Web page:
Every movement begins with a moment.
If 2014 was the year of mobile, 2015 is definitely the year of content. It is more challenging than ever to captivate an audience with a banner ad. The path to purchase is no longer linear, and brands are having a difficult time attributing sales to a click. Consumers are jaded because they are bombarded with ads on a daily basis, inviting them to take an action that brings little if any value to their daily lives. And when consumers do engage with ads, brands are instantly wary due to the fraudulent activity in the space. That’s why content marketing reigns supreme.
Content marketing gives brands a platform to organically engage consumers. It’s one-on-one communication between a brand and a consumer, with limited interruptions. It’s also a great alternative to standard display, given the foretold fall of the banner ad. Most digital advertising is a turnoff — it’s blatant, obtrusive and interrupts the exchange of value between a site and its reader. When content marketing is done right, it becomes a bridge that connects the brand with the consumer in a meaningful, relevant way, without negatively disrupting the experience.
The problem with native
Native is paid content — videos, articles, images, etc. — that emulates the look and feel of the publishing platform. Executed properly, it fulfills a utilitarian need. New players are entering the space on a daily basis, providing brands with different ways to approach native. As advertisers, we are challenged to sift through native’s myriad options to find the best solutions for our brands. Whether you are working on a direct response or a branding campaign, the key is to have really good content. If not — and this happens a lot — you end up with native ads that are out of place. Although these ads look as if they are a part of the site, they bear a close resemblance to traditional media, as the focus of the message is very product oriented.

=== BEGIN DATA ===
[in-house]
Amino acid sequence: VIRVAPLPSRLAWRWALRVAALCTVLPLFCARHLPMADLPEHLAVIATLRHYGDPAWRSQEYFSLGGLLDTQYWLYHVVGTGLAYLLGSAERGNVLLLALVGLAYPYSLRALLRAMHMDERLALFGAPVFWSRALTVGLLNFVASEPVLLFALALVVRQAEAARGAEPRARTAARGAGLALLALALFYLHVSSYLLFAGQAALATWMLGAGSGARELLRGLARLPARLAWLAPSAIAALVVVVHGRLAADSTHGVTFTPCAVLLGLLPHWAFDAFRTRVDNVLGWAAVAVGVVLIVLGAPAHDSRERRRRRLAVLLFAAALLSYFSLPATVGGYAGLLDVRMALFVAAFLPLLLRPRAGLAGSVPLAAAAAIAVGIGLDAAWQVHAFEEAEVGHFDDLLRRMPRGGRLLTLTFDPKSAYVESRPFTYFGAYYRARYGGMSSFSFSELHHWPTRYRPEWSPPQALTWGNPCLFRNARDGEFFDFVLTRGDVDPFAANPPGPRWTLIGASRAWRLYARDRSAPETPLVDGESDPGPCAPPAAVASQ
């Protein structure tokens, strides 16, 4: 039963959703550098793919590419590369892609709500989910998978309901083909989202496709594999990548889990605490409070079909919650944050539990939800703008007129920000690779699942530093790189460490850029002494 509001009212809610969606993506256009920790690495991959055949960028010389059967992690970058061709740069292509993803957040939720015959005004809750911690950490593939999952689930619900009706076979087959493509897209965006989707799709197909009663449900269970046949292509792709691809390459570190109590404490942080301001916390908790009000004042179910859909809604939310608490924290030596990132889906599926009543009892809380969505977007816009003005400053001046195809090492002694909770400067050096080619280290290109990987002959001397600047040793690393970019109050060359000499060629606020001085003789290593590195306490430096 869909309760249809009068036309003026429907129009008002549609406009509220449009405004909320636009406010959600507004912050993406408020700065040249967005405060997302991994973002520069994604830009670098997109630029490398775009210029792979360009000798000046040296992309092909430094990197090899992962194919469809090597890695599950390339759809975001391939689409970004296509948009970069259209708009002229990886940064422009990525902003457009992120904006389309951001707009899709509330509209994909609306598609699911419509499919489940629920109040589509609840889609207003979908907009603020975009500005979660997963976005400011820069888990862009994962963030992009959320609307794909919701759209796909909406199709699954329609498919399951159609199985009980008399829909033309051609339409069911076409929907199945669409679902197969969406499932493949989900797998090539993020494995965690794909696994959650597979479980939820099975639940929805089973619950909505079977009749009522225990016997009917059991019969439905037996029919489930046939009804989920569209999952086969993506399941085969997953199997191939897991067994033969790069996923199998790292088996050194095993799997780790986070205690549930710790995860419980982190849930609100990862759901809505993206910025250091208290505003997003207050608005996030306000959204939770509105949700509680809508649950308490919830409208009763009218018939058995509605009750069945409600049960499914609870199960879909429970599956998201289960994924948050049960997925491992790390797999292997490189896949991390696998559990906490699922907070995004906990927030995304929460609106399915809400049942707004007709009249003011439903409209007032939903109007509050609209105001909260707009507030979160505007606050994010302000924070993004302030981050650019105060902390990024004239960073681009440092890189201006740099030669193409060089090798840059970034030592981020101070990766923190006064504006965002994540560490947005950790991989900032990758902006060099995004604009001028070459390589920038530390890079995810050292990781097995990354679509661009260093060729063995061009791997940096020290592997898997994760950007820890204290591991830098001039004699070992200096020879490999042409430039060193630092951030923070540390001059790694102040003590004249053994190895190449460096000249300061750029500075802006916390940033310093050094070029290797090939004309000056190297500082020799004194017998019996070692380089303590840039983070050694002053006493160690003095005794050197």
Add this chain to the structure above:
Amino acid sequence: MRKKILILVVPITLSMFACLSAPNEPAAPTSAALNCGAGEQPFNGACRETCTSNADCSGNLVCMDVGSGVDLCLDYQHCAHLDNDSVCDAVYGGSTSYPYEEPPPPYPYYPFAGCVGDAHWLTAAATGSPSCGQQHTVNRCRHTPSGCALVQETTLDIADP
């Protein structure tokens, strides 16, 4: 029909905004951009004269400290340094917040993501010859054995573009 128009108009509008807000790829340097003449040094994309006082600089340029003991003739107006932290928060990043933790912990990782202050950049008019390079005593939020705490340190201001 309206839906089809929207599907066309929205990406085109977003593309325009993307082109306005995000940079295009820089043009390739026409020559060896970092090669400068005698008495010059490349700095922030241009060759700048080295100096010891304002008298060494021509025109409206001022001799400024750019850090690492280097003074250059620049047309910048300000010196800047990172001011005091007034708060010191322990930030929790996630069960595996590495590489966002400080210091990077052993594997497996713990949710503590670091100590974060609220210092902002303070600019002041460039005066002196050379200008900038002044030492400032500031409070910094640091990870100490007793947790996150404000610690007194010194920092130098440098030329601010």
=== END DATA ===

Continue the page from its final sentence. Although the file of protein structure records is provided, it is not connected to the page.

Native must live up to its name
Native advertising should be seamlessly inconspicuous. Creating content that mirrors the experience of the environment is not enough. It has to be compelling, and it must bring about value. The ads should give consumers a reason to believe in your product or, at the least, spark a bit of curiosity. Sci-fi film “Ex Machina,” for example, made its debut at SXSW on dating app Tinder. The marketing team for the movie created a Tinder account for Ava, the half-robot, half-human lead character in the film. Unsuspecting swipers were asked a few questions and then driven to the movie’s promotional Instagram page. Although the campaign has received mixed reviews from the public, it effectively drove awareness of the film leading up to its premiere at SXSW.
The opportunity for brands
Now is the time to turn marketing budgets into content dollars. The advent of social has created an opportunity to engage consumers in real time, and there has been a huge shift in media consumption. Forrester has projected that digital will represent 36% of all U.S. ad spending by 2019. Netflix streaming has increased 350% during the last ten quarters, and it is expected to grow fourfold from 2010 to 2020. As digital advertising continues to grow, the need for content will follow suit. If brands are able to merge the two, they will win in 2015.
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